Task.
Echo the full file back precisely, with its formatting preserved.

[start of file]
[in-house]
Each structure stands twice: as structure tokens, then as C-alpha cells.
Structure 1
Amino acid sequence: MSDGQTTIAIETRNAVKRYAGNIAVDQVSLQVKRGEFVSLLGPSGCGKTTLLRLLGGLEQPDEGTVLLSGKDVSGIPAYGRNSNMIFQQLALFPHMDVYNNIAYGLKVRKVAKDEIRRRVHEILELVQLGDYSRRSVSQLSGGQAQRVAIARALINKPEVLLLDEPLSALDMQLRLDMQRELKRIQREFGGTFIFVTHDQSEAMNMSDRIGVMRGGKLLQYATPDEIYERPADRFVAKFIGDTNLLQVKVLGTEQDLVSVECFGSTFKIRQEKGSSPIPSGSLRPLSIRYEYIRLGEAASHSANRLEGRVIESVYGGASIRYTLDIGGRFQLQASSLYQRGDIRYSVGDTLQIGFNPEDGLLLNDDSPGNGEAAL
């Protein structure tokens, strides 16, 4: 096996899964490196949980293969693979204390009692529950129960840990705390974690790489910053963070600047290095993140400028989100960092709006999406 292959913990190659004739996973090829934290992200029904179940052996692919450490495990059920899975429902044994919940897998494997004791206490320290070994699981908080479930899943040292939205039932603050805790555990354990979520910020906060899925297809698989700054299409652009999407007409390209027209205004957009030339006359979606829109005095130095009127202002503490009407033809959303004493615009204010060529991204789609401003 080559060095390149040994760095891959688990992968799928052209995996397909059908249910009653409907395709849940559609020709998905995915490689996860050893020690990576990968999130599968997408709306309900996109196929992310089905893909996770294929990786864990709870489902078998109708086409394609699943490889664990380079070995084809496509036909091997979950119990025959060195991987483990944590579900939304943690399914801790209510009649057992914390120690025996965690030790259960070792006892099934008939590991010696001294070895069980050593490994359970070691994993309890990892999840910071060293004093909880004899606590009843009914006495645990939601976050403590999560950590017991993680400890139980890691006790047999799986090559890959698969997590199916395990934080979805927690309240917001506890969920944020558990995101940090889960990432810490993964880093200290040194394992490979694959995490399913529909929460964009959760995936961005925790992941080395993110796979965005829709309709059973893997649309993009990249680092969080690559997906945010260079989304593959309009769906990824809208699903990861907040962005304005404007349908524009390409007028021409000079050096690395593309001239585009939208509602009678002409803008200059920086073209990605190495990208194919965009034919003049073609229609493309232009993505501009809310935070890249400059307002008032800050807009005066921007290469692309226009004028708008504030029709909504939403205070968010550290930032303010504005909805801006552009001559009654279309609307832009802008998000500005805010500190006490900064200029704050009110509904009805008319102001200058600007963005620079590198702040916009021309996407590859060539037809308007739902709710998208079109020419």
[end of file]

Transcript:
[in-house]
Each structure stands twice: as structure tokens, then as C-alpha cells.
Structure 1
Amino acid sequence: MSDGQTTIAIETRNAVKRYAGNIAVDQVSLQVKRGEFVSLLGPSGCGKTTLLRLLGGLEQPDEGTVLLSGKDVSGIPAYGRNSNMIFQQLALFPHMDVYNNIAYGLKVRKVAKDEIRRRVHEILELVQLGDYSRRSVSQLSGGQAQRVAIARALINKPEVLLLDEPLSALDMQLRLDMQRELKRIQREFGGTFIFVTHDQSEAMNMSDRIGVMRGGKLLQYATPDEIYERPADRFVAKFIGDTNLLQVKVLGTEQDLVSVECFGSTFKIRQEKGSSPIPSGSLRPLSIRYEYIRLGEAASHSANRLEGRVIESVYGGASIRYTLDIGGRFQLQASSLYQRGDIRYSVGDTLQIGFNPEDGLLLNDDSPGNGEAAL
């Protein structure tokens, strides 16, 4: 096996899964490196949980293969693979204390009692529950129960840990705390974690790489910053963070600047290095993140400028989100960092709006999406 292959913990190659004739996973090829934290992200029904179940052996692919450490495990059920899975429902044994919940897998494997004791206490320290070994699981908080479930899943040292939205039932603050805790555990354990979520910020906060899925297809698989700054299409652009999407007409390209027209205004957009030339006359979606829109005095130095009127202002503490009407033809959303004493615009204010060529991204789609401003 080559060095390149040994760095891959688990992968799928052209995996397909059908249910009653409907395709849940559609020709998905995915490689996860050893020690990576990968999130599968997408709306309900996109196929992310089905893909996770294929990786864990709870489902078998109708086409394609699943490889664990380079070995084809496509036909091997979950119990025959060195991987483990944590579900939304943690399914801790209510009649057992914390120690025996965690030790259960070792006892099934008939590991010696001294070895069980050593490994359970070691994993309890990892999840910071060293004093909880004899606590009843009914006495645990939601976050403590999560950590017991993680400890139980890691006790047999799986090559890959698969997590199916395990934080979805927690309240917001506890969920944020558990995101940090889960990432810490993964880093200290040194394992490979694959995490399913529909929460964009959760995936961005925790992941080395993110796979965005829709309709059973893997649309993009990249680092969080690559997906945010260079989304593959309009769906990824809208699903990861907040962005304005404007349908524009390409007028021409000079050096690395593309001239585009939208509602009678002409803008200059920086073209990605190495990208194919965009034919003049073609229609493309232009993505501009809310935070890249400059307002008032800050807009005066921007290469692309226009004028708008504030029709909504939403205070968010550290930032303010504005909805801006552009001559009654279309609307832009802008998000500005805010500190006490900064200029704050009110509904009805008319102001200058600007963005620079590198702040916009021309996407590859060539037809308007739902709710998208079109020419």